The tensions are between learning from tradition and breaking away from the norm to be yourself. All of our lives are but iterations on themes over which we might not have as much authority as we’d wish.


  11. Bob says:

    August 29, 2022 at 1:56 pm

    “Water underground, same as it ever was, how did I get here?” We certainly need to think about that a bit more.


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  12. Ken says:

    September 25, 2022 at 2:37 am

    I enjoyed this song as a teenager in 1980. But when I saw this song performed a couple of years ago on Saturday Night Live, I felt as if I had lived this song as I let the days go by year after year achieving most of the things described in the song. As my situation changed I made poor choices and now, after the money’s gone, I often wonder, “My God, what have I done?” The song is the same as it ever was and as true in 1980 as it is in the present. Simply beautiful poetry that reminds us that time isn’t holding up and time isn’t after us: an admonition to live in the present letting the days go by. And a reminder not to swim against the tide again, when I couldn’t get no rest. Molding our lives like water dissolving and water removing, the days go by each uniquely happening once in a lifetime.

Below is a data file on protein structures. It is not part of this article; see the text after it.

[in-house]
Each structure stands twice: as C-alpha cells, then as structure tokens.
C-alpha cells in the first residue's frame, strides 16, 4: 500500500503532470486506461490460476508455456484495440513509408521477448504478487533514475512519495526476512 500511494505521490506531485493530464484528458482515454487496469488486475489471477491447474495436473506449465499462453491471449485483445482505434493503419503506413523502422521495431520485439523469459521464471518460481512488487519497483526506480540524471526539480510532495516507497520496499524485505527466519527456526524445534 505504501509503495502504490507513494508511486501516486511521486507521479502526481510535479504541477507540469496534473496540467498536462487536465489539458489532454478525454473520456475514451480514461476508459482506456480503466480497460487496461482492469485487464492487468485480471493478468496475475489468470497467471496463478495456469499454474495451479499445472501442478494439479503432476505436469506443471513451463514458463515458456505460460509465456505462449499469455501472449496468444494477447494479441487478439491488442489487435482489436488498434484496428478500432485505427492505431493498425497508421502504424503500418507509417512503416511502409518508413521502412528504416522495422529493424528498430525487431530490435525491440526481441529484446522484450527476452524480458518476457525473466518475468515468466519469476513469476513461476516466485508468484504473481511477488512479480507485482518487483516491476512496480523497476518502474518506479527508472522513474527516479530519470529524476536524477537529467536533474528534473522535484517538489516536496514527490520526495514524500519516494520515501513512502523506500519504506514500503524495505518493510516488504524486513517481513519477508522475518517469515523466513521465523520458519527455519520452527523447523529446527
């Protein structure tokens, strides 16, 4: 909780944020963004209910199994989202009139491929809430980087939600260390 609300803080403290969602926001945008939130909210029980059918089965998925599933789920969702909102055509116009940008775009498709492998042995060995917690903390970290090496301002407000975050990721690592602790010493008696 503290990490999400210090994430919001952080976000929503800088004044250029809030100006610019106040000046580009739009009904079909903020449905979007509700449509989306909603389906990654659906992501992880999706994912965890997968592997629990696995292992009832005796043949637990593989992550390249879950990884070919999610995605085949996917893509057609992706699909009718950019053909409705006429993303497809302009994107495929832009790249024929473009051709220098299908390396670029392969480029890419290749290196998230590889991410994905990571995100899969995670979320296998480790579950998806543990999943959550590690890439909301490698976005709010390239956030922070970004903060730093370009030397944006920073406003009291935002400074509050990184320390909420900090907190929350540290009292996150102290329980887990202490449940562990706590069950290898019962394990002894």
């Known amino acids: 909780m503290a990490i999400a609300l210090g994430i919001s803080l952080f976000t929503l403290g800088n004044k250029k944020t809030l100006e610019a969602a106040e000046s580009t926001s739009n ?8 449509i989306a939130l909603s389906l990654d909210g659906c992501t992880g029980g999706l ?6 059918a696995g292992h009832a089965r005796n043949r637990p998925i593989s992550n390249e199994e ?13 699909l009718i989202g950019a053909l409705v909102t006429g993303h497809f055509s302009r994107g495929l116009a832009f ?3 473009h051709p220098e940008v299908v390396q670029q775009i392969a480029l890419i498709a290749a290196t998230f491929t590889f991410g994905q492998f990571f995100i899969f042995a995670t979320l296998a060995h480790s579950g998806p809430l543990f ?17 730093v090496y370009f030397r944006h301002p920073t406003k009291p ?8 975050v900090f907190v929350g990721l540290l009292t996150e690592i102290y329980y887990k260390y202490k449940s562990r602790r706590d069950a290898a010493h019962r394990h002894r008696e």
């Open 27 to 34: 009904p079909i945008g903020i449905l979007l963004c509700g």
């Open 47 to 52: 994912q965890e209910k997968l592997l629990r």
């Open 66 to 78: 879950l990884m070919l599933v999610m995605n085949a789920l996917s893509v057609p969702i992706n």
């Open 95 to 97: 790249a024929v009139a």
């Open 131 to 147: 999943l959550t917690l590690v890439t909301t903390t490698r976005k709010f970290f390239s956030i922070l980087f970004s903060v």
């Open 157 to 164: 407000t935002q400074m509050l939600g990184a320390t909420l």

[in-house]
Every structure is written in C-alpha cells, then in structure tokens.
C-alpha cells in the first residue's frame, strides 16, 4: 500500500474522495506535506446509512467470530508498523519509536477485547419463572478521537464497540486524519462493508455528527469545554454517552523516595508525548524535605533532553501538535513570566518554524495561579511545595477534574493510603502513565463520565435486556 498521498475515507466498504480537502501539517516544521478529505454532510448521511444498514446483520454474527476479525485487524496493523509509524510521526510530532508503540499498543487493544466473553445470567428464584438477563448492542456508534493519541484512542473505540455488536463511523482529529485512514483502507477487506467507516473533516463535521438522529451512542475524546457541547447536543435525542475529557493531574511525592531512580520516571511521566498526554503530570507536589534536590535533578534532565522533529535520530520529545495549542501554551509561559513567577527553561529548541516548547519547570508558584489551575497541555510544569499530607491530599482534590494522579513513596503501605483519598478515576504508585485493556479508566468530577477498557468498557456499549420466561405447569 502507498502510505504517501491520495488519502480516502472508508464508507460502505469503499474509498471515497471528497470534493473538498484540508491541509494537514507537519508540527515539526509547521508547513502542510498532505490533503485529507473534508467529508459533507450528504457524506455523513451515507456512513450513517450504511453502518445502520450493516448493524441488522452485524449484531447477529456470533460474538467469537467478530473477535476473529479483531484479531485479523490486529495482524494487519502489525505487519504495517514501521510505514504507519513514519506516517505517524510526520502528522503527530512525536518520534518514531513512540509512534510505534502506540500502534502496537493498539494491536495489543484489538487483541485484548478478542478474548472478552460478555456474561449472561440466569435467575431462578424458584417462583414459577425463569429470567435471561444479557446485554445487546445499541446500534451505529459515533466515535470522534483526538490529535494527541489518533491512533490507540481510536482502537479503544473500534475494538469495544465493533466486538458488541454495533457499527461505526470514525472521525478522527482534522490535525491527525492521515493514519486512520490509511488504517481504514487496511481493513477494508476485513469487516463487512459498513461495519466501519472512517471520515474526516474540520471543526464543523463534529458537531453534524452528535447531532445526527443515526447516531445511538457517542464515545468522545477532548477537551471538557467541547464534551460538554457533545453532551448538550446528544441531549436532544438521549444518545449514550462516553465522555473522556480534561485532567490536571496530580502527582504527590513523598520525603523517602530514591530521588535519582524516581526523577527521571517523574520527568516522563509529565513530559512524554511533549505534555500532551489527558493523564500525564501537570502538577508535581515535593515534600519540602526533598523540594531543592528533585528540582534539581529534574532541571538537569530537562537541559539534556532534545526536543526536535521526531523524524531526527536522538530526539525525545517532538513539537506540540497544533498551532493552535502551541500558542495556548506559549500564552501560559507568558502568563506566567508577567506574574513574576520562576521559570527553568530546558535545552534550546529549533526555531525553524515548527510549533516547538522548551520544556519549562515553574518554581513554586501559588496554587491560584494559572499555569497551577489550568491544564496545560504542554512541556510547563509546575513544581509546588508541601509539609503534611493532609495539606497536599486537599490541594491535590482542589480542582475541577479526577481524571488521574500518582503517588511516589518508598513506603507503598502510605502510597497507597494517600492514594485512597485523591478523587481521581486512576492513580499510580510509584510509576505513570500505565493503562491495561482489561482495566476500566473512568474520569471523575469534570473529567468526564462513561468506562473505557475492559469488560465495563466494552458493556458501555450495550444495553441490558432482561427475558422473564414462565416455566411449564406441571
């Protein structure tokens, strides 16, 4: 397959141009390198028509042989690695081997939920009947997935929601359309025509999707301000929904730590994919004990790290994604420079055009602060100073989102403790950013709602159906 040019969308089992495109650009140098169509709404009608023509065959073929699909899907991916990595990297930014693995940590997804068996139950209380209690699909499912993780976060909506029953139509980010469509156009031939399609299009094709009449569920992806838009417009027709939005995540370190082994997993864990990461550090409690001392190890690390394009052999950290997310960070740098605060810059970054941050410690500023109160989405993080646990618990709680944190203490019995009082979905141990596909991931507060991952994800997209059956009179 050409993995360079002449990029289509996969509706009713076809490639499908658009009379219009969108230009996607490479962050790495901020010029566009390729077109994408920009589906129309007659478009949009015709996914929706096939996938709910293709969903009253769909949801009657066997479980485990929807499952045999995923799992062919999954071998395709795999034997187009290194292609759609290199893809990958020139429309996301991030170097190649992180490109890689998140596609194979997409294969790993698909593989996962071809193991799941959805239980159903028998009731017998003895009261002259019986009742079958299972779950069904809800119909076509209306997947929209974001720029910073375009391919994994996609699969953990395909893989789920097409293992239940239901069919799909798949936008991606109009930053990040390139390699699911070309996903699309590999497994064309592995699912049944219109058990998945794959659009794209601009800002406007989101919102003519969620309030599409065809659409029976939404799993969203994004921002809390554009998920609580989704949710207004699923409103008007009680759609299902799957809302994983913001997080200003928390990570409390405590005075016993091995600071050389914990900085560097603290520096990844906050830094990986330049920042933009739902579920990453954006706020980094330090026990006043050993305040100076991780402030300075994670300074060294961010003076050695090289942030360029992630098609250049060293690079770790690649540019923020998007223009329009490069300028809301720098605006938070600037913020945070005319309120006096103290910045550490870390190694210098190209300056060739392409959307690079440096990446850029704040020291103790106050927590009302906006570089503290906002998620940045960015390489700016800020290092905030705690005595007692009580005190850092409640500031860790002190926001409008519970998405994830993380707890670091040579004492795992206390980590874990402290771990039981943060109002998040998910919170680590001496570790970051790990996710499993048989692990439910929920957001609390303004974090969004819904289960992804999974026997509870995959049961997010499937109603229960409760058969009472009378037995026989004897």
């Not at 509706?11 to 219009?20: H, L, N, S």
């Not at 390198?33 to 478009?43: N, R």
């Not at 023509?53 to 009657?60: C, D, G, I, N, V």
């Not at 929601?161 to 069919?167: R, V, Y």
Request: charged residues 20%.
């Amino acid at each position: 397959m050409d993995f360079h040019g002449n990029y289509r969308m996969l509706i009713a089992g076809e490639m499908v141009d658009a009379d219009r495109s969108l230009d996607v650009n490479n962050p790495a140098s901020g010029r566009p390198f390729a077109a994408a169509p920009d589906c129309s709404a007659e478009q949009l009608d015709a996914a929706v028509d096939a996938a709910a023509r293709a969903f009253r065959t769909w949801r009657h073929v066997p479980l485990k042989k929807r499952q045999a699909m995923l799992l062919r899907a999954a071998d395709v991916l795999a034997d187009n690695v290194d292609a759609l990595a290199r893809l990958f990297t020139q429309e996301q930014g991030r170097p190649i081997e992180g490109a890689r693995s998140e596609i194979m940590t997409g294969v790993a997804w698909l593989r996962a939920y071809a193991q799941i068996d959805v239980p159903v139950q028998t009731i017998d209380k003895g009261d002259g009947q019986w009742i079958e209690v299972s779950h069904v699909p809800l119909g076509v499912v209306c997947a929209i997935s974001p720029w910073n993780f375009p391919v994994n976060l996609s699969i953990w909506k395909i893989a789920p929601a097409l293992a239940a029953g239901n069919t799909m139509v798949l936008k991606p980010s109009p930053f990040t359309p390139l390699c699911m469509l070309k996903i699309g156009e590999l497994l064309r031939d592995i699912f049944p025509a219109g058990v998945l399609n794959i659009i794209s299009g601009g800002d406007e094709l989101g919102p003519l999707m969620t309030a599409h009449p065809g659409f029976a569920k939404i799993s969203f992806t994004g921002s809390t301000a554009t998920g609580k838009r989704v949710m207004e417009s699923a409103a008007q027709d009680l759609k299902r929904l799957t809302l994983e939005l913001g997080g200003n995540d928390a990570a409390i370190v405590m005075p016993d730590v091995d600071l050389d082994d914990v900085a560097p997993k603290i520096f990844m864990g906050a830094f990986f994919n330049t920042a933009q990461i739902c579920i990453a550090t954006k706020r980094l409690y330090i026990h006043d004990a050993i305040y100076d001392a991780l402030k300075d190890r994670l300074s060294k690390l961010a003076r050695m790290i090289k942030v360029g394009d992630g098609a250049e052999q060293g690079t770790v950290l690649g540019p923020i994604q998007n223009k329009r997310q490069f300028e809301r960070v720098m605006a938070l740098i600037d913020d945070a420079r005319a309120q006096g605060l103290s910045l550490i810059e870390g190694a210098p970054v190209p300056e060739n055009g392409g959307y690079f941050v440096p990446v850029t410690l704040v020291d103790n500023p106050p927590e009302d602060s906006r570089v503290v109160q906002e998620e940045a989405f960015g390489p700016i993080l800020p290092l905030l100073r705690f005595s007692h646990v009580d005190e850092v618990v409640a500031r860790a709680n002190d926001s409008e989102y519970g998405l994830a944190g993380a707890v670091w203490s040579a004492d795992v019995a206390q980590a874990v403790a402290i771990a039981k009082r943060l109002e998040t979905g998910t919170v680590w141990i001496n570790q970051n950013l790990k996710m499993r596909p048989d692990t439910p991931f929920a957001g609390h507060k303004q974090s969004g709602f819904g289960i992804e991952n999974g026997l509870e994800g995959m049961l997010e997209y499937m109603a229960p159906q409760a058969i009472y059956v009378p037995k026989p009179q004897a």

13. Ken says:

    September 25, 2022 at 4:11 am

    I heard this song as a teenager in 1980. Hearing it again on Saturday Night Live a couple years ago its genius really struck me. I feel like I have lived these words, having achieved many of these things. I actually lived in a shotgun shack in New Orleans. Recently I had made a series of poor choices and now, after the money’s gone, I wonder, “My God, what have I done?” I spent so many days fighting the flow of time I couldn’t get no rest. Time isn’t holding us, time isn’t after us; but instead time molds our lives like water dissolving and water removing. David Byrne’s beautiful poetry is the same as it ever was, but now reminds me to live each day in the present – letting the days go by.


  14. KC says:

    October 5, 2022 at 7:40 pm

    My favorite use of this song in a film isn’t listed. In the movie Secret Window, Johnny Depp’s character Mort Rainey says the lyrics rather than singing them. “This is not my beautiful house, this is not my beautiful wife anymore…”


  15. Mark Smith says:

    December 31, 2022 at 5:13 pm

    The song is about futility & our continual choice to participate in it as our only purpose.


  16. Mark Smith says:

    December 31, 2022 at 5:25 pm

    You are all so very wrong, the song is about futility & our continual choice to participate in it as our only purpose.

    (Video) How to sing 'Once In A Lifetime' by Talking Heads with Some Voices